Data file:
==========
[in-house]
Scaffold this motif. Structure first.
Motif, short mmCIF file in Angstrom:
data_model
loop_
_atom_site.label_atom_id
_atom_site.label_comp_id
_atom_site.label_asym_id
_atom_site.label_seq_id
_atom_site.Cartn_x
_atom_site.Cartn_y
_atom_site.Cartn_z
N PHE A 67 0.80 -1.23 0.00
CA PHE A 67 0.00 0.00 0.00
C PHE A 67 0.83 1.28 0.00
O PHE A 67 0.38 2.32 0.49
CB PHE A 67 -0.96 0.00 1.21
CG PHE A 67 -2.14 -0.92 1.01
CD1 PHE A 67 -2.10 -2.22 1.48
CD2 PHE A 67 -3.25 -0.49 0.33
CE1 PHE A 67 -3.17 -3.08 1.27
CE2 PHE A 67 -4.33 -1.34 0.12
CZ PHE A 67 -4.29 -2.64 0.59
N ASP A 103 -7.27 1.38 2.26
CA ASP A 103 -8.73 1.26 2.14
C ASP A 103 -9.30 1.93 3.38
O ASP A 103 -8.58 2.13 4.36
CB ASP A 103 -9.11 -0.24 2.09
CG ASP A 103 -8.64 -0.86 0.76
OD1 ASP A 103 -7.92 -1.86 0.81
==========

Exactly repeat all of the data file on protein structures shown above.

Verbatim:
[in-house]
Scaffold this motif. Structure first.
Motif, short mmCIF file in Angstrom:
data_model
loop_
_atom_site.label_atom_id
_atom_site.label_comp_id
_atom_site.label_asym_id
_atom_site.label_seq_id
_atom_site.Cartn_x
_atom_site.Cartn_y
_atom_site.Cartn_z
N PHE A 67 0.80 -1.23 0.00
CA PHE A 67 0.00 0.00 0.00
C PHE A 67 0.83 1.28 0.00
O PHE A 67 0.38 2.32 0.49
CB PHE A 67 -0.96 0.00 1.21
CG PHE A 67 -2.14 -0.92 1.01
CD1 PHE A 67 -2.10 -2.22 1.48
CD2 PHE A 67 -3.25 -0.49 0.33
CE1 PHE A 67 -3.17 -3.08 1.27
CE2 PHE A 67 -4.33 -1.34 0.12
CZ PHE A 67 -4.29 -2.64 0.59
N ASP A 103 -7.27 1.38 2.26
CA ASP A 103 -8.73 1.26 2.14
C ASP A 103 -9.30 1.93 3.38
O ASP A 103 -8.58 2.13 4.36
CB ASP A 103 -9.11 -0.24 2.09
CG ASP A 103 -8.64 -0.86 0.76
OD1 ASP A 103 -7.92 -1.86 0.81